No character seems to realize the weight of this lesson better than Moo-jin. This tragedy has been a catalyst for Moo-jin to reflect on his life and teachings, almost to a breaking point. While frustrating at times, Moo-jin is still a kind soul, and like Joon-ha, I want to interpret his indecisiveness as thoughtfulness. Moo-jin isn’t trying to dismiss the truth in order to avoid conflict, but he is just slower to act than In-ha because he would much rather be hurt than inadvertently hurt others. Therefore, he always shoulders the burden by himself and worries about his family first and foremost. This may also be why he’s always pretending to be fine and probably convinced himself that he is sometimes. However, Soo-ho sees through all this because, from the beginning, she was the observant one who silently watched her parents and gave them space to cry. Thus, it’s no surprise that Soo-ho recognizes the pain Moo-jin is going through, and despite her young age, she knows exactly how to comfort him. She doesn’t push him to confess his feelings but gently reminds him that it’s okay to be sad. Her simple words of comfort are a powerful reminder that grief isn’t a bad thing and admitting that you’re not okay doesn’t mean you aren’t brave.

Seeing Moo-jin’s kindness again and again really made his last scenes jarring. It was as if he finally blew up from all the pressure of bottling his emotions and decided to push back against the world. The internal struggle he faces is a complex dilemma without black and white answers. On one hand, I find Moo-jin to be an admirable teacher who goes beyond the call of duty to help his student Dong-soo who needs guidance. However, now in the seat of the parent, Moo-jin starts to see how cold and callous his remarks may have seemed to the victims and their family. He questions his own actions and intentions, coming to the realization that maybe his choices have actually caused more harm than good for both his students and his family. It’s not easy to pinpoint exactly what Moo-jin should have done better because life is complicated and requires complex solutions. There’s no magic bullet that will answer all of life’s problems, though sometimes I wish there was one. As Moo-jin ponders these questions alone, his frustrations and hurt come out in a negative way as he confronts the two fathers and Dong-soo. The quiet Moo-jin lashes out, and for the first time, we see him intentionally hurt others. While the two fathers deserved Moo-jin’s outburst, his physical contact with Dong-soo was uncalled for, but Moo-jin seems to acknowledge this, too. It’s true that Dong-soo crossed the line first when he mentioned Sun-ho, but Moo-jin was clearly not himself in that moment. The culmination of all the day’s events along with the ongoing battle within himself over his role as a father and teacher put Moo-jin in a very precarious mental state, so when Dong-soo called him out for essentially caring too much about him and not his own son, Moo-jin snapped. While I’m glad Moo-jin is reflecting on his actions (or inaction), I still love his inherent kindness and positive outlook on life, so I’m hoping that he’ll take his own advice and not let his past mistakes define who he is.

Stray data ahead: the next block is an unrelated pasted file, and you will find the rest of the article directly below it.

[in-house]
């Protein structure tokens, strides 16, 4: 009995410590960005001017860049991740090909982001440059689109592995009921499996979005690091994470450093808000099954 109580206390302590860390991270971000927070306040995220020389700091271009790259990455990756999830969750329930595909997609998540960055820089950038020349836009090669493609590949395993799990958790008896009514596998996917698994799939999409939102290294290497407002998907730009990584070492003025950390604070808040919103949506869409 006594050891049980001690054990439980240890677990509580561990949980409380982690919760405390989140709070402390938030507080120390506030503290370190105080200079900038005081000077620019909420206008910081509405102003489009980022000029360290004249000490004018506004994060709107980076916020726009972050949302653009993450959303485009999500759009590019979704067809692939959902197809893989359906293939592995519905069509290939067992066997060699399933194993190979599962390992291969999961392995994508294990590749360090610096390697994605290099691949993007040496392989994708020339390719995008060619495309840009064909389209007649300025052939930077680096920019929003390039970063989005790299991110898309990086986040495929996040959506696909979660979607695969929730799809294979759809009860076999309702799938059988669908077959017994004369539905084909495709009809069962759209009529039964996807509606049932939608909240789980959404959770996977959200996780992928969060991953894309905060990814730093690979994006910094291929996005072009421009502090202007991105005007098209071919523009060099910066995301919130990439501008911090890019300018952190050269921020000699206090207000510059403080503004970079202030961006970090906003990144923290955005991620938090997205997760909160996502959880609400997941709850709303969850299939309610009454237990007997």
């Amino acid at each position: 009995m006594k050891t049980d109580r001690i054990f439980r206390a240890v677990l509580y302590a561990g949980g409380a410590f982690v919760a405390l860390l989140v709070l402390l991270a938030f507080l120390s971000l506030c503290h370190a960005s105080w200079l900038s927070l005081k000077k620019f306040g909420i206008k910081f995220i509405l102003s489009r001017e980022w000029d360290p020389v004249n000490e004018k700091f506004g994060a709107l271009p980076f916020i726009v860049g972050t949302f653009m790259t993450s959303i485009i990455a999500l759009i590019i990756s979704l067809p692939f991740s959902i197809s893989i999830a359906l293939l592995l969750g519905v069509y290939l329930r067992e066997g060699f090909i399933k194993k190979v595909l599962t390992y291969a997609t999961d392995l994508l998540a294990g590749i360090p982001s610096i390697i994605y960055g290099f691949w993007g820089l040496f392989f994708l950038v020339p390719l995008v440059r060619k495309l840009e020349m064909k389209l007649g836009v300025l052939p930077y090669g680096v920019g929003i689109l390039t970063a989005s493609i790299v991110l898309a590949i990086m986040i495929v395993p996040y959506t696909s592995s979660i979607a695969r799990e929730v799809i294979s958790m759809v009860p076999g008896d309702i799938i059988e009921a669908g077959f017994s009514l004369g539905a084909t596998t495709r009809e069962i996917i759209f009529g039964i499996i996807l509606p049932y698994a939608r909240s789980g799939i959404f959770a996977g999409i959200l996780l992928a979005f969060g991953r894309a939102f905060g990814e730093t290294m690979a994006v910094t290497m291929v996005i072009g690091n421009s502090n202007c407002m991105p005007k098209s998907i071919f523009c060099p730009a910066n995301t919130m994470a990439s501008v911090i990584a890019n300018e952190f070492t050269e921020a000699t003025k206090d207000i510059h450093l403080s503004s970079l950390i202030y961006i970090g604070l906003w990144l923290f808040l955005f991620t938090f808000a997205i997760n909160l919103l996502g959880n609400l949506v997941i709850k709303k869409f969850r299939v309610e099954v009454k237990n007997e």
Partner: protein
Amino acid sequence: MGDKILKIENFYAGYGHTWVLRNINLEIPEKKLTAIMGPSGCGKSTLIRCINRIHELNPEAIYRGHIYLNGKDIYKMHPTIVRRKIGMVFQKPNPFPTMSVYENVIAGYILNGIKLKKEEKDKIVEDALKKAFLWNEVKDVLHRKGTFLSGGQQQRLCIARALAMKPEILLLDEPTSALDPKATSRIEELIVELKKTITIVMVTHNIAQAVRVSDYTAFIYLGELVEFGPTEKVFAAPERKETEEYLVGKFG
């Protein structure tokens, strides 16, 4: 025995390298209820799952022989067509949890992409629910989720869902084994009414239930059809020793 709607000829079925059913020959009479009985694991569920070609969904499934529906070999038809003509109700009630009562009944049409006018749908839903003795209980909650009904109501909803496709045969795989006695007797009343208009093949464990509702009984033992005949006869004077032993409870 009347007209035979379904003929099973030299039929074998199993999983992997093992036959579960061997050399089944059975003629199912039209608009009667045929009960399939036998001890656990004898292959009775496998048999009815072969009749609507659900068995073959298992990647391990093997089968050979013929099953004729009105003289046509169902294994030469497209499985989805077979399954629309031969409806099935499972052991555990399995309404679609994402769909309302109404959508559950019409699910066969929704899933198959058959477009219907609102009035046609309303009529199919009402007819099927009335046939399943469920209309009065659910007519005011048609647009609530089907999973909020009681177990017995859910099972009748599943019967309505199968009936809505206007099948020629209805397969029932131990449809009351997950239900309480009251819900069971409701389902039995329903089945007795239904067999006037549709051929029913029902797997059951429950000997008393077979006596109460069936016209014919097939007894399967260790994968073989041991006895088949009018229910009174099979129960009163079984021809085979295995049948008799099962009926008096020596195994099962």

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Thanks for the recap

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Awsome. Everyone gets explore. Off to read.

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This show picked an interesting job for Moo-jin. As both teacher who had been trying to negotiate for a lesser punishment for his troublemaking student and also a parent who now has difficulty pursuing justice for his son, he presented a more thorough view of how complicated that kind of situation was. On one hand, he knows well that some kids being a trouble maker to make adults paying attention to and caring for  them. They need a passionate teacher to nudge them into the right path. But ton the other hand, there are also cases like Jun-seok and friends whose parents kept herding them into becoming a monster. It's a dilemmatic situation where both teachers and parents not always sure which kind of cases they found themselves in at any given moment.

Watching this drama also made me questioning whether I also did the same thing as a teenager as these kids. Dropping obscure hints here and there instead of talking frankly to adults around us, hoping they would understand somehow. Skirting around difficult issues and praying that it would be enough to make them notice things in our life. Wanting advice and guidance but didn't know how to ask properly for one. Feeling like our life depended on what-should-have-been an insignificant matter, and that no adults understand what we felt. What baffled me though, is the fact that now as I become one of those so-called adults, I still didn't know any better how to make those kids trust us. What did I want them to do at that time, exactly??